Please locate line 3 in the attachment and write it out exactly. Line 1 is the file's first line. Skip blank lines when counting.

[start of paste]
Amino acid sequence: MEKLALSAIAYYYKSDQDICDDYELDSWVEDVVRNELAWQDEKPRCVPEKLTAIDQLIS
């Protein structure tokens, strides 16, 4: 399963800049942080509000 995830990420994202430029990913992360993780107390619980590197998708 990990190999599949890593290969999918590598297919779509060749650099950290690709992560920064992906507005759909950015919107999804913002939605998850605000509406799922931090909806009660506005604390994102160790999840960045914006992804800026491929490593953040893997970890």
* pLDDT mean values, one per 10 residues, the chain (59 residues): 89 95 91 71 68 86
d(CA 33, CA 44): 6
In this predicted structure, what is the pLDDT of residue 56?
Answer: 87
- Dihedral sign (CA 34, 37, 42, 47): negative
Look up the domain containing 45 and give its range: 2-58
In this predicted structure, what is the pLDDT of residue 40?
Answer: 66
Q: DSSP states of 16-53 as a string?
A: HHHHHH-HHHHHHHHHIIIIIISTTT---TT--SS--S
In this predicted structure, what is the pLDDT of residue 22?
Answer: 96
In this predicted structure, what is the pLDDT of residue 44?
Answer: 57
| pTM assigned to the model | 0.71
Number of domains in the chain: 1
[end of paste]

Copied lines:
* pLDDT mean values, one per 10 residues, the chain (59 residues): 89 95 91 71 68 86